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The Art of the Possible in 3D webinar Q&A

Thank you to everyone who attended The Art of the Possible in 3D webinar on July 23. It was a great opportunity to provide an overview of the best practices for working with LiDAR and BIM Revit and incorporating 3D data into ArcGIS Urban, ArcGIS Earth and ArcGIS Indoors.

You can access the webinar recording here.

Over the course of the webinar, there were many great questions from our enthusiastic audience. We didn’t have a chance to address all questions live, so as promised, we put together a Q&A that covers the group’s questions.

Tips for working with LiDAR & Revit files

The first portion of our webinar was dedicated to exploring best practices in LiDAR feature extraction and working with Revit files. We also covered the 3D functionalities in ArcGIS Pro that any GIS professional should know when working with 3D contents like Pixel Editorexporting a model to python and using Jupyter notebooks with ArcGIS Pro.

Here are some questions that came up.

Q: Does ArcGIS Pro support terrestrial LiDAR point clouds or only Airborne? ­

A: The supported type of LiDAR in ArcGIS Pro are Airborne and terrestrial files.   

Q: ­Any tips for creating DTM and DSM from UAV point clouds that lack point classifications codes?

A: It is recommended to use the 3D Basemap solution for the UAV point clouds. ArcGIS Pro treats the photogrammetric points as LiDAR. The tools and workflow available in the 3D basemap solution can classify and create ground surfaces. This solution is a task-based workflow that helps you with the classification process. The result will be more accurate when building footprints are available.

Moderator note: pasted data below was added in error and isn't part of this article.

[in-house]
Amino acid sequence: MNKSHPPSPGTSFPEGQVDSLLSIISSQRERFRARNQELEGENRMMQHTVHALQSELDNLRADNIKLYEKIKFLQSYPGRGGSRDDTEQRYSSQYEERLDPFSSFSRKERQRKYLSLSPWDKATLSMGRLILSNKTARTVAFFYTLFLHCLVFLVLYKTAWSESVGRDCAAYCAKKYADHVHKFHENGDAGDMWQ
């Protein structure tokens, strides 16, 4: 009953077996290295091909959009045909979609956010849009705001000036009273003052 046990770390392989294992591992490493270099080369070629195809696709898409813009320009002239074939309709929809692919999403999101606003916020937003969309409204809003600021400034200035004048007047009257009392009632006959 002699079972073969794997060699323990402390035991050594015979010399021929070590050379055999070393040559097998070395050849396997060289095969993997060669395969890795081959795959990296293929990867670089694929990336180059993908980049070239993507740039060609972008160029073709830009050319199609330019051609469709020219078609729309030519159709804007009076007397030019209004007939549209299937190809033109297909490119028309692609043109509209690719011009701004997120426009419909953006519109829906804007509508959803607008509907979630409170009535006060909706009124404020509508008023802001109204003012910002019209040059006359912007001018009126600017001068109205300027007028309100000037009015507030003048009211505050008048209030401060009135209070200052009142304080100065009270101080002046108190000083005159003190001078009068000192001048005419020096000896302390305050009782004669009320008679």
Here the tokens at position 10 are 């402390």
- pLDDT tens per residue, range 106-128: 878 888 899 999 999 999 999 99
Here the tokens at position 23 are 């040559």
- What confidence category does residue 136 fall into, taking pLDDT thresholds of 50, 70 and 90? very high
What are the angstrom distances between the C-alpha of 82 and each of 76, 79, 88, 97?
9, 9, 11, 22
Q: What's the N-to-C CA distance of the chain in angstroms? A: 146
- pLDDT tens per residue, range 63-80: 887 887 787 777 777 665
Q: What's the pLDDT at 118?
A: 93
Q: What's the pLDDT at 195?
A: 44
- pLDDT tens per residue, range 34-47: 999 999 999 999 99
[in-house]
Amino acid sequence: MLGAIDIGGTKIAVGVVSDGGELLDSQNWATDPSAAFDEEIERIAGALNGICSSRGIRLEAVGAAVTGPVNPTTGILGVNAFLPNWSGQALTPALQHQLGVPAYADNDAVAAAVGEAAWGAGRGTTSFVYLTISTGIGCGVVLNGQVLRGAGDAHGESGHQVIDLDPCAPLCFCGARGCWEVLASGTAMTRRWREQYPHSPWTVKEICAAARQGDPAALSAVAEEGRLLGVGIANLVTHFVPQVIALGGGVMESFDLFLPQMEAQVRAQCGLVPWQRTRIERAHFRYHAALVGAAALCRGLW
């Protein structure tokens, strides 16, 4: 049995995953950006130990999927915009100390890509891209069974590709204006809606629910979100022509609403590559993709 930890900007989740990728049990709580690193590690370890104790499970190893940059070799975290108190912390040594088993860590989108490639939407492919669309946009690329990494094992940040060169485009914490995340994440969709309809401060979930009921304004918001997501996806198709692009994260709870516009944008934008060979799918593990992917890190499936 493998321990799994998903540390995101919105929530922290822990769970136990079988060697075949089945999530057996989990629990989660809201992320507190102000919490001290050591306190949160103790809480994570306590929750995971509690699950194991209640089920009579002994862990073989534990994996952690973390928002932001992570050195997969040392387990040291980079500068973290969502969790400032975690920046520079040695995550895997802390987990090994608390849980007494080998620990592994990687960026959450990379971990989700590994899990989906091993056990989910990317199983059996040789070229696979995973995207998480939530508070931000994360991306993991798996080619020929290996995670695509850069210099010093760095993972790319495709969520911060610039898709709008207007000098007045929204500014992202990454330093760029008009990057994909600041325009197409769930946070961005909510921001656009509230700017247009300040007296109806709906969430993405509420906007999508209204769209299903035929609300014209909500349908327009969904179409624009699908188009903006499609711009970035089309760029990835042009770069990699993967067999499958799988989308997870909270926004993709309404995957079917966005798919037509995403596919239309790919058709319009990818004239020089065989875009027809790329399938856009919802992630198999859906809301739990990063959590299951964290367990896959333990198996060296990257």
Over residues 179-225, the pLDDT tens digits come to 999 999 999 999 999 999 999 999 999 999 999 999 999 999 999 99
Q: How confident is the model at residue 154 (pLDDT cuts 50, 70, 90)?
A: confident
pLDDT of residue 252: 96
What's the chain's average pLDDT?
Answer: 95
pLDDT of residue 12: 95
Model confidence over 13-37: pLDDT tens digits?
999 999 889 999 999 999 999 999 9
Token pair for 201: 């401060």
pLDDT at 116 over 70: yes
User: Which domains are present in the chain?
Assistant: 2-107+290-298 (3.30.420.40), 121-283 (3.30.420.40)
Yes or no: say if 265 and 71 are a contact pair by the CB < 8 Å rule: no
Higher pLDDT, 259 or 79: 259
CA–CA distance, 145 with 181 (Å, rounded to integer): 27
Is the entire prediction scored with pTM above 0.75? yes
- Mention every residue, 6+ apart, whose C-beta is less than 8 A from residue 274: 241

Q: What can we do if in our LiDAR data, the facades and the edge of the roofs of buildings are classified as unassigned?

A: In many cases, LAS files may not be fully or correctly classified when used with ArcGIS Pro and you may need to edit the classification of the LAS points manually. The Classification tab allows you to interactively manipulate the classification conducted on the LAS files of a LAS dataset in a scene. You can quickly change the class codes and classification flags that are currently set on the selected points. The Classification tab for a LAS file or LAS dataset provides interactive editing capabilities for selected points from a 2D map or 3D scene view. You can select points directly in a 3D scene or optionally shift your scene into a side-on viewpoint using profile viewing. You can only edit the classification currently defined in the LAS files referenced by the LAS dataset. All changes are permanent when making any modifications to the classification codes in LAS files. If you are conducting any what-if scenarios or do not want changes to be permanent, make sure to work on a copy of the LAS files and not the originals. ZLAS files cannot be edited. Consider extracting them to LAS files and adding them again to a LAS dataset to edit the classification. This video shows the steps that need to be taken to manually edit the LiDAR classification.

Q: ­Any possibility to add existing imagery/draping onto buildings? ­

A: The Multipatch Texture tool applies a color or an image as a texture to one or more faces of a multipatch feature. Applied textures are saved with the feature. The result is analogous to wrapping patterned paper around a plain white 3D model. This tool is intended for geodatabase multipatch features. Multipatch shapefiles do not support textures and can't be saved with shapefile geometry. Applying a texture applies an image file to the selected faces. You can adjust how the image appears on the selected faces by panning, rotating and zooming the image in the image viewer before applying it to the feature.

Procedural symbology is another method for constructing complex 3D objects and textures from simple geometries to display point, polygon or multipatch features. For example, procedural symbology can be used to render polygon features as seventeenth-century Parisian buildings or multipatch features with rule-based painted textures.

Q: How do you ensure a non-referenced Revit file is in the correct coordinate system?